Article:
Implementing government reform does not go well, because Genesis is a society evenly split between religion and science/warrior classes. But, “Passion & Struggle” is about more than politics, war and religion. There is romance, adventure, hidden agendas, friendships, enemies and intrigue. The relationship between Earth and Genesis is fascinating within itself, but it’s the people that kept my attention. When I got to the last page, I wanted the story to continue and luckily it does! I will be reading the rest of the series!

Reflections: Inspirational Quotes and Interpretations in 2016.

REFLECTIONS was a perfect book to read over the holidays. Each chapter focuses on an inspirational quote from such notable people as Walt Whitman, Emily Dickinson, and Anne Frank; and, because of this approach, the book can be read non-linearly. The reader can move from one reflection to another, as interest dictates.

There are 50 quotations included in the book, each of which author Fioravanti provides his interpretations, a practice he adopted for his weekly blog. His thoughts, measured and insightful, spur the reader to consider his or her own. This book earns my endorsement and support with Five well-deserved Stars.

Find out more about John’s books and his latest reviews: https://www.amazon.com/John-Fioravanti/e/B00JSAHGAU

Now time to discover more about John and his life and work. He is looking forward to answering your questions and please pop them into the comments at the end of the post.

Welcome John and could you tell us about your chosen genre of books that you write and why?

My first chosen genre is Inspirational Non-Fiction. I entered the teaching profession in 1973 to help young people navigate the treacherous waters of the teen years, and my desire to help others has never gone away. I also write Science Fiction having been inspired by Gene Roddenberry’s Star Trek TV series when I was in high school. I never lost my fascination for space exploration. My sci-fi books are best described as human drama in a futuristic society, as opposed to classic space battles with otherworldly technology.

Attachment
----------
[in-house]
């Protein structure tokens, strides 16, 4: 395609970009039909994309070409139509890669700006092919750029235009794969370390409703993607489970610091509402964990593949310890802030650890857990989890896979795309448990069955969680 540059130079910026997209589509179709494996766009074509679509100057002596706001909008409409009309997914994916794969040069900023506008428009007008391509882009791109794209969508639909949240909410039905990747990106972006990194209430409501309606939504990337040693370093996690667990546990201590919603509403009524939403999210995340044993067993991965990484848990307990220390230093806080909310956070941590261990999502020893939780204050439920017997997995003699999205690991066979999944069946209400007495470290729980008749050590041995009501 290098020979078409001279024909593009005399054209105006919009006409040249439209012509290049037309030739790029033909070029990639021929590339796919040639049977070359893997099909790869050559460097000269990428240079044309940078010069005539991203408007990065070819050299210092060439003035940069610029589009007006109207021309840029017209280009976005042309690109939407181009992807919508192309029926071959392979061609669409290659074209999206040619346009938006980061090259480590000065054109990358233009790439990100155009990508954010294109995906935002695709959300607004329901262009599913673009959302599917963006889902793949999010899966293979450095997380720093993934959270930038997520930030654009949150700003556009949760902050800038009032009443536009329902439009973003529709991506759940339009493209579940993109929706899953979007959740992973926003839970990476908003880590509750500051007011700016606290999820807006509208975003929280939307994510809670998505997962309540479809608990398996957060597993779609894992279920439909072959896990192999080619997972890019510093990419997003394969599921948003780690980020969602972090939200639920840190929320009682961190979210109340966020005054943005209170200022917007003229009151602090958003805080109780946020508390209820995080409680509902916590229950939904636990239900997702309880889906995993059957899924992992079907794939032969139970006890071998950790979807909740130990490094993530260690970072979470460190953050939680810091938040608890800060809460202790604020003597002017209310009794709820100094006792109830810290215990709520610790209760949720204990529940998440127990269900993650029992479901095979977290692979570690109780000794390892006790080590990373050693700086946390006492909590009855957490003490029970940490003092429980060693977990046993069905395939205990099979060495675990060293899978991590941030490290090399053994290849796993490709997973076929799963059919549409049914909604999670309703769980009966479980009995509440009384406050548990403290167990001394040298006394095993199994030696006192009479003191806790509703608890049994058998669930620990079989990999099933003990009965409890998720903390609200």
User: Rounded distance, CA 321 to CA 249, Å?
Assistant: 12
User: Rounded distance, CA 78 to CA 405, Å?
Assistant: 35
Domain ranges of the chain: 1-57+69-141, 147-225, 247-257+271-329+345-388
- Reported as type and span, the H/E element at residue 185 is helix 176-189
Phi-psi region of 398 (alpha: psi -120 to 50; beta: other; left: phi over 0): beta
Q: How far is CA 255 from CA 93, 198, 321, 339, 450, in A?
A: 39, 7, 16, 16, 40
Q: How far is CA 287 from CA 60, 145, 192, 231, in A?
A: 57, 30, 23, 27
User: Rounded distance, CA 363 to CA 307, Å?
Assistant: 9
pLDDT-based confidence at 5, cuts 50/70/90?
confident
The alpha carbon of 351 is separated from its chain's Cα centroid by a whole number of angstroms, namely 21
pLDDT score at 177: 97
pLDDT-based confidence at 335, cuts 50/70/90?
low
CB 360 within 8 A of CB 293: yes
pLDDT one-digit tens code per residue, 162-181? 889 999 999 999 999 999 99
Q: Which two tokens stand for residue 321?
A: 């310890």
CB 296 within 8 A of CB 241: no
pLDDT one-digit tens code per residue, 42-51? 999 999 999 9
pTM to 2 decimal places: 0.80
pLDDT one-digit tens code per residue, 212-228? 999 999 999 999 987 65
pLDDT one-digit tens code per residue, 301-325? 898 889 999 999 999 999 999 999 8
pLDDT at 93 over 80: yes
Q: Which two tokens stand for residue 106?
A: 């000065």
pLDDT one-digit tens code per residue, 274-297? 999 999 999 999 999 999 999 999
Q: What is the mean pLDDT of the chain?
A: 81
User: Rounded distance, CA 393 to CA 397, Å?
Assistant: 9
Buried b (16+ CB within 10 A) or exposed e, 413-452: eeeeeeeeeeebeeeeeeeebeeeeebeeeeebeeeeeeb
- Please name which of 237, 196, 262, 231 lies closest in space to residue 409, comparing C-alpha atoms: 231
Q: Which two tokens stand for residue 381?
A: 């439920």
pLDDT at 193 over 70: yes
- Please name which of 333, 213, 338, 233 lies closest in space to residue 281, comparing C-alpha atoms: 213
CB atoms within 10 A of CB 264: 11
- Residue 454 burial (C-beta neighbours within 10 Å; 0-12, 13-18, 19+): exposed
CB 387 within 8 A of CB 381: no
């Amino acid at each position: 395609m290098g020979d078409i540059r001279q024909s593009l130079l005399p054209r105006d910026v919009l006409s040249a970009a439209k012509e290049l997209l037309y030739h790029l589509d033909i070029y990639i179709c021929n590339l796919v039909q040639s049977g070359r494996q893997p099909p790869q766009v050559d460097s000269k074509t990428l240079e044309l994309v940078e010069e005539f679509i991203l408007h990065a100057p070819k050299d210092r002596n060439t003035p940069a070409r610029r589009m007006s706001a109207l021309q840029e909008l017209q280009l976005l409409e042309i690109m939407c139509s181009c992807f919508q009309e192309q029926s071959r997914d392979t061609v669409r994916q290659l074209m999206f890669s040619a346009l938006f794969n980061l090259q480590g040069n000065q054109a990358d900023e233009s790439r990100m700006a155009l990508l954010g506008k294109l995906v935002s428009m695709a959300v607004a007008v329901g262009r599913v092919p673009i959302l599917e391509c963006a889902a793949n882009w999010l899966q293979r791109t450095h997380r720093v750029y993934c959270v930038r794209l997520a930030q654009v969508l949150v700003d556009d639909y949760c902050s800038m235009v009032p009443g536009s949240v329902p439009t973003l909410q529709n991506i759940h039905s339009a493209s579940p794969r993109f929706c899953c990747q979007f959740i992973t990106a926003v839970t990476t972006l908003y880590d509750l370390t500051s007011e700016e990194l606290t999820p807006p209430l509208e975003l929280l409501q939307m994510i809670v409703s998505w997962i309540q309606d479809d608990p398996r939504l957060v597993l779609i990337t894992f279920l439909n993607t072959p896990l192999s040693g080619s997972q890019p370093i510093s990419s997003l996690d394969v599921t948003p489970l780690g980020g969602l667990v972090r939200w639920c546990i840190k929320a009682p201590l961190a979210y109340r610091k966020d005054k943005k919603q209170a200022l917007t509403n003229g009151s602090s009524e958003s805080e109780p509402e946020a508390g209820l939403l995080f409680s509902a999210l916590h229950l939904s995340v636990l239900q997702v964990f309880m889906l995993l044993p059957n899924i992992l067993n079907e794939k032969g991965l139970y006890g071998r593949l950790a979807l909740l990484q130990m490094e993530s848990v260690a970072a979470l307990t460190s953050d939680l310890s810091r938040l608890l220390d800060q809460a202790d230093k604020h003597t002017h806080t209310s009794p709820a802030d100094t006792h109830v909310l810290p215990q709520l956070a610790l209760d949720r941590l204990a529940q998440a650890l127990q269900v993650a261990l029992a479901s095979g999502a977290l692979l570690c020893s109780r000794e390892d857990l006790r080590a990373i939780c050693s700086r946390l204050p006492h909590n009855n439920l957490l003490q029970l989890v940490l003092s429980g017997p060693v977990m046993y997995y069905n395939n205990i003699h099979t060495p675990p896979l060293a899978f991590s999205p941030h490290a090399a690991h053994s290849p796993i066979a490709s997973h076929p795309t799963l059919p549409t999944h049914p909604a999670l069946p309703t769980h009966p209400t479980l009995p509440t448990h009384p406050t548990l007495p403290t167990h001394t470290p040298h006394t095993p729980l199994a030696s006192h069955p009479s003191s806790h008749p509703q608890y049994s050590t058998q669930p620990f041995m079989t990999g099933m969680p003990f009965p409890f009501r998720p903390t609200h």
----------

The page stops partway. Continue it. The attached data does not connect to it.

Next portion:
Tell us about your blog and your main features. With a link to what you consider best sums you up as a blogger?

My blogs have fallen into three categories – the first two reflect the genres in which I write. In the MY INSPIRATION blog series, I select an inspirational quote by an author or well-known person and then write an interpretive reflection about the quote.  https://wordpress585519.wordpress.com/category/uncategorized/my-inspiration/

The second set of blogs are vignettes called GENESIS CHRONICLES. These are a set of 25 prequels to my current sci-fi series called The Genesis Saga. https://wordpress585519.wordpress.com/category/the-genesis-chronicles/

My latest set of blogs reflects my interest in teaching History in the classroom for 35 years. JOHN’S ARCHIVES put forward five events that happened on the current date in history, as well as three famous people born on that date: https://wordpress585519.wordpress.com/category/johns-archives/

What do you believe is the most important event to have affected our lives in the last 100 years?

I believe the most important event that has affected our lives in the last 100 years is the advent of the World Wide Web in 1989-90. Although there were other networks established two to three decades earlier, the Internet has profoundly impacted just about every aspect of our lives. I won’t list all of those ways here, but there are a few that are most important to me.

First, the Internet allows families to connect regularly, keep those bonds of affection, and support alive and well. As well, The WWW has revolutionised the global economy allowing many people to support themselves through online businesses. Now we can shop from our computers and other devices! Finally, the Internet, through social media, has impacted world events like no other medium in history. Would the throngs of women who marched in most major cities around the world recently have happened without the linkage provided by social media? I think not.